Dementia B (BIO103E)

Dementia B (BIO103E) - Tyler Evans Norris BIO103E 7 March...

Info iconThis preview shows pages 1–2. Sign up to view the full content.

View Full Document Right Arrow Icon
Tyler Evans Norris BIO103E 7 March 2007 Dementia What exactly is Dementia? One would most likely make the generality that it’s a condition that old people get. Well that’s true, but there is definitely more to it. “Dementia is caused by the destruction of brain cells. A head injury, a stroke, a brain tumor or a problem like Alzheimer's disease can damage brain cells. Some people have a family history of dementia.” ( Take a moment to ask yourself how your fears change as you age and what you believe you will fear most, as you become a septuagenarian or octogenarian. Almost instantly one will come up with death or decline of motor functions. One should not be surprised if they notice that Dementia falls into the category of decline of motor functions. Merriam-Webster Online Dictionary defines dementia as a usually progressive condition (as Alzheimer’s disease) marked by deteriorated cognitive functioning often with emotional apathy. As defined above, Dementia is a decline in reasoning, memory and other mental abilities. This decline can also be called a deterioration of the cognitive functions. This decline eventually impairs the ability to carry out everyday activities such as driving, household chores and even personal care such as bathing, dressing, and feeding. Dementia has several common signs which standing alone could be naturally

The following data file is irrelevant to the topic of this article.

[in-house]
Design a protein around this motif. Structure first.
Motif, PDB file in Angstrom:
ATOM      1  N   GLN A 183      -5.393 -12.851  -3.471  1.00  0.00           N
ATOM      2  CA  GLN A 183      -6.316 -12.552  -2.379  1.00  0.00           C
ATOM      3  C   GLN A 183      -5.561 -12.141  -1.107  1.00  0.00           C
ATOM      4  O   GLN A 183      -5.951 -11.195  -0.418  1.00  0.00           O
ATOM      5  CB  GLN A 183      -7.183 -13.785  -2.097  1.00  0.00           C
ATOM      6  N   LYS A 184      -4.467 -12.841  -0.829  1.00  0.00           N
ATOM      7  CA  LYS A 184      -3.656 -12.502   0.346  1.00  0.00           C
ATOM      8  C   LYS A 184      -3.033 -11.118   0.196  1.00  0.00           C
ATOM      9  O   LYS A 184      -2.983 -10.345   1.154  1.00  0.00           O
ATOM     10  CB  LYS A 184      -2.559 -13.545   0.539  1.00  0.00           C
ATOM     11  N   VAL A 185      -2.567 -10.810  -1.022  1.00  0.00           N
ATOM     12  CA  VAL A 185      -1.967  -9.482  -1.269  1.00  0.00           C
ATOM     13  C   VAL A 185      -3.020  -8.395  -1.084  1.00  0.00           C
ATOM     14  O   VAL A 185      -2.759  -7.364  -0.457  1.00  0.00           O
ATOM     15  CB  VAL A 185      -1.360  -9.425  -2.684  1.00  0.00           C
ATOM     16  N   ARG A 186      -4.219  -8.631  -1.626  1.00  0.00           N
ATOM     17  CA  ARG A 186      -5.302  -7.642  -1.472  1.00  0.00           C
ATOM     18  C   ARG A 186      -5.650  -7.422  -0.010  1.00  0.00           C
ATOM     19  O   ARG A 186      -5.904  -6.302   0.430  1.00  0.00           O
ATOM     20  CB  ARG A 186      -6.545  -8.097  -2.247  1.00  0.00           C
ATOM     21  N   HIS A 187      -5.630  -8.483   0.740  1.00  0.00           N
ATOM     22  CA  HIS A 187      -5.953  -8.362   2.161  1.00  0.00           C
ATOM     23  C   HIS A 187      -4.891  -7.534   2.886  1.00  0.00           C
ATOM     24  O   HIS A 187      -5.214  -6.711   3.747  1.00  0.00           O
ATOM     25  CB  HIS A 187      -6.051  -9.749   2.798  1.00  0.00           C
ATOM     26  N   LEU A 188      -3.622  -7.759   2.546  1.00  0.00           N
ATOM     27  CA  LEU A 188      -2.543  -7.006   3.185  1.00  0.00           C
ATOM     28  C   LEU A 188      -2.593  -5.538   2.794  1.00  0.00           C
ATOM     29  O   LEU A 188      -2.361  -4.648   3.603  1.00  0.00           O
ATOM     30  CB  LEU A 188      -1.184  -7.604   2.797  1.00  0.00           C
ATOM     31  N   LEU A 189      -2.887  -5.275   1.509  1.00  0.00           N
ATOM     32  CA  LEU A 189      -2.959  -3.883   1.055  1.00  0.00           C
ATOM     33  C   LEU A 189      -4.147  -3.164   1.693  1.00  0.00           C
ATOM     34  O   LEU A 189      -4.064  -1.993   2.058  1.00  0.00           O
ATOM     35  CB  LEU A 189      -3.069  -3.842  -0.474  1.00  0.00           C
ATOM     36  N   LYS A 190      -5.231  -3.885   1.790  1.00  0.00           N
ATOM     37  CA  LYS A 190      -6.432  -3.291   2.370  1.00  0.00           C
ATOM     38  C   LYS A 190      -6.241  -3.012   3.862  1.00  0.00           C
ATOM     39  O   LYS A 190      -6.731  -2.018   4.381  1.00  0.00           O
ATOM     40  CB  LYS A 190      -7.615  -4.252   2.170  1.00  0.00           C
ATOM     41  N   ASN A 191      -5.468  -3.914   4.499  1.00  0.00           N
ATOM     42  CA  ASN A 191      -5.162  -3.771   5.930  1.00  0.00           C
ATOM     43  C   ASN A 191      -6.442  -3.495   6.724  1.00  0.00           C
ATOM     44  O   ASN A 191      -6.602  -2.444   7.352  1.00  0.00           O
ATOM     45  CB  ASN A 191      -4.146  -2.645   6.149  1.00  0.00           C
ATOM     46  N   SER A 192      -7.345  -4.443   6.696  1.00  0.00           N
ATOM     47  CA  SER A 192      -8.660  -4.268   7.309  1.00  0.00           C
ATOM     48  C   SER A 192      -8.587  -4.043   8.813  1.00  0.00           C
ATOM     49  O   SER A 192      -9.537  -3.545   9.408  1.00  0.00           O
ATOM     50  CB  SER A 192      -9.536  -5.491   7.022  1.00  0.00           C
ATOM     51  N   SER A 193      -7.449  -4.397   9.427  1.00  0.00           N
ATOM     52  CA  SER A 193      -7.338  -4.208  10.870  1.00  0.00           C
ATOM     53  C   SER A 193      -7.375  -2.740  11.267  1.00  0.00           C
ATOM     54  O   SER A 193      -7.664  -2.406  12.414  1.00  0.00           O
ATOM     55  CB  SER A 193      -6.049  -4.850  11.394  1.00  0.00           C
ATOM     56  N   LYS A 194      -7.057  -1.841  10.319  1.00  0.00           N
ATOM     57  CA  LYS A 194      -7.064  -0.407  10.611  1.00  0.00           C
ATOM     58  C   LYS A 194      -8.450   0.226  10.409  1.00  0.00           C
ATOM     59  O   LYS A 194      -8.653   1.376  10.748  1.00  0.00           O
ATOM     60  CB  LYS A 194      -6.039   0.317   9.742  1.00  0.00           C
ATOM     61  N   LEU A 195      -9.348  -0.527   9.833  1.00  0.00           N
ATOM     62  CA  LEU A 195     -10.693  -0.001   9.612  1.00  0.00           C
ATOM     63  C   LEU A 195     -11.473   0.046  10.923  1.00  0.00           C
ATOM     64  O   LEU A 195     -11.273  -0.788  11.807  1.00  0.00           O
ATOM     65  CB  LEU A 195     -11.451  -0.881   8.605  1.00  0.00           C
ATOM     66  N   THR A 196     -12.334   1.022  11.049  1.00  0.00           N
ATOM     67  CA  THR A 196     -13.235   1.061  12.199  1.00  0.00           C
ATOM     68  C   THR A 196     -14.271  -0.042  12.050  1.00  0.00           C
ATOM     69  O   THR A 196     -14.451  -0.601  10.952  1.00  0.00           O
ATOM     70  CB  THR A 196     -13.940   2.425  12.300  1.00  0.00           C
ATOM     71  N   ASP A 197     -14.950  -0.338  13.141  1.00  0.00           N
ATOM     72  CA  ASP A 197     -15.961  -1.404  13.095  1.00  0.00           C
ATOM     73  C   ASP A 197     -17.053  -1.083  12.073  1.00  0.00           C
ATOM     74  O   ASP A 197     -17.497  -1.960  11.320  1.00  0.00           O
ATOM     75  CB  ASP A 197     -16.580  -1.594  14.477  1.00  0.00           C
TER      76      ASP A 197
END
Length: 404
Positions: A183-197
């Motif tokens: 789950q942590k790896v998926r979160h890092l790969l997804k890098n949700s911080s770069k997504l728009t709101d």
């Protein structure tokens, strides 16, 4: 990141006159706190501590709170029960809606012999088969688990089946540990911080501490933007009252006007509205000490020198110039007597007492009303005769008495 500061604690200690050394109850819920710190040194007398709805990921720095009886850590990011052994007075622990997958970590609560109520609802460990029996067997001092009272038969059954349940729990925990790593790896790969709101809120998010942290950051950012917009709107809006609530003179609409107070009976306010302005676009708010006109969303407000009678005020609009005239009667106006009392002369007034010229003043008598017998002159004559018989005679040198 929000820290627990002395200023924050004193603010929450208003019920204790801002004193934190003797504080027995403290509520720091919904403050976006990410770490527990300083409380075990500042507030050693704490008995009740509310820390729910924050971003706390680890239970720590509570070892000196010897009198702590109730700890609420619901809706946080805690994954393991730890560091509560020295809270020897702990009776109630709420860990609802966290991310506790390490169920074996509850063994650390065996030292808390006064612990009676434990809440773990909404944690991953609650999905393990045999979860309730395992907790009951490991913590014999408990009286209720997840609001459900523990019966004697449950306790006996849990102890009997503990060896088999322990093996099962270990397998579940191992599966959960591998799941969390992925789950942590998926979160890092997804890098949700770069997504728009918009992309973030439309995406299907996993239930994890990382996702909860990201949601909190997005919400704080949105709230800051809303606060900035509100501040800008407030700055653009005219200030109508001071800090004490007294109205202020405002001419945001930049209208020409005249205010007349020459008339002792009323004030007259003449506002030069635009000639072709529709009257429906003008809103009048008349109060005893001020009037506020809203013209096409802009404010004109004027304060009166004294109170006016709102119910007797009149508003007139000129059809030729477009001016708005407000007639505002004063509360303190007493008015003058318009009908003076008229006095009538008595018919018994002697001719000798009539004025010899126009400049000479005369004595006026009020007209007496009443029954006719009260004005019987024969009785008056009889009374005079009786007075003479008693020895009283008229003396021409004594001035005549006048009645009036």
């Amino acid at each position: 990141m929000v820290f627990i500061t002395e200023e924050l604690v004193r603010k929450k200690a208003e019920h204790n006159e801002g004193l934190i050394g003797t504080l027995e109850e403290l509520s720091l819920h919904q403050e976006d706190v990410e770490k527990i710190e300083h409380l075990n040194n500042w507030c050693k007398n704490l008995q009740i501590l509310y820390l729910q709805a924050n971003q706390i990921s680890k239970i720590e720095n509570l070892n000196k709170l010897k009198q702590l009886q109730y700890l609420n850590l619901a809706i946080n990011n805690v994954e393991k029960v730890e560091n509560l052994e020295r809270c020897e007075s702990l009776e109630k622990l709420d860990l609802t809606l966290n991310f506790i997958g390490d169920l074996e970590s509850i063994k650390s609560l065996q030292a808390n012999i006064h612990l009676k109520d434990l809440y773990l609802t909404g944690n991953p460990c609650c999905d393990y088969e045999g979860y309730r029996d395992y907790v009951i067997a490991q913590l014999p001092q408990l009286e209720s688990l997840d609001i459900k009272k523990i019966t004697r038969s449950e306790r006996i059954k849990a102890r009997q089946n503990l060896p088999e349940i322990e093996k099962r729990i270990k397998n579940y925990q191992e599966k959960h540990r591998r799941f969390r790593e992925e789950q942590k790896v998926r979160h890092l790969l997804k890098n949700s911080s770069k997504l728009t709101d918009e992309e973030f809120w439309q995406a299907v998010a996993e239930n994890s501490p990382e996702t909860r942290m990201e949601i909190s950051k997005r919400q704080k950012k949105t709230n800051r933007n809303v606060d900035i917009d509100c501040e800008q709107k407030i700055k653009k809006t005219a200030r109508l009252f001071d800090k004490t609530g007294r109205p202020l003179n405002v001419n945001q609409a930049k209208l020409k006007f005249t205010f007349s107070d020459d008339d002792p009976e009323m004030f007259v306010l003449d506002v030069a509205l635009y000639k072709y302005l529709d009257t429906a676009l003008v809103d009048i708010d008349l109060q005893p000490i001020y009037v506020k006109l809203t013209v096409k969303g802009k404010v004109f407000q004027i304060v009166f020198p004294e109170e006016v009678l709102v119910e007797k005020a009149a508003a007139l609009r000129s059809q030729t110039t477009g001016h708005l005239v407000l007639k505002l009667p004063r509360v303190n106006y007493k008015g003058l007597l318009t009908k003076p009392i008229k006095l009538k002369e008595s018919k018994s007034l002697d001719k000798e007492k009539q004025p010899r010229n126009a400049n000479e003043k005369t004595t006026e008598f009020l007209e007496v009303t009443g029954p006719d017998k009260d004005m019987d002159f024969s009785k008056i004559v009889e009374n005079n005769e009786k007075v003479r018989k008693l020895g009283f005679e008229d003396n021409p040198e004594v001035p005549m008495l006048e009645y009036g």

Background image of page 1

Info iconThis preview has intentionally blurred sections. Sign up to view the full version.

View Full DocumentRight Arrow Icon
Image of page 2
This is the end of the preview. Sign up to access the rest of the document.

This note was uploaded on 04/29/2008 for the course BIOL 103 taught by Professor Norris during the Spring '07 term at Auburn University.

Page1 / 4

Dementia B (BIO103E) - Tyler Evans Norris BIO103E 7 March...

This preview shows document pages 1 - 2. Sign up to view the full document.

View Full Document Right Arrow Icon
Ask a homework question - tutors are online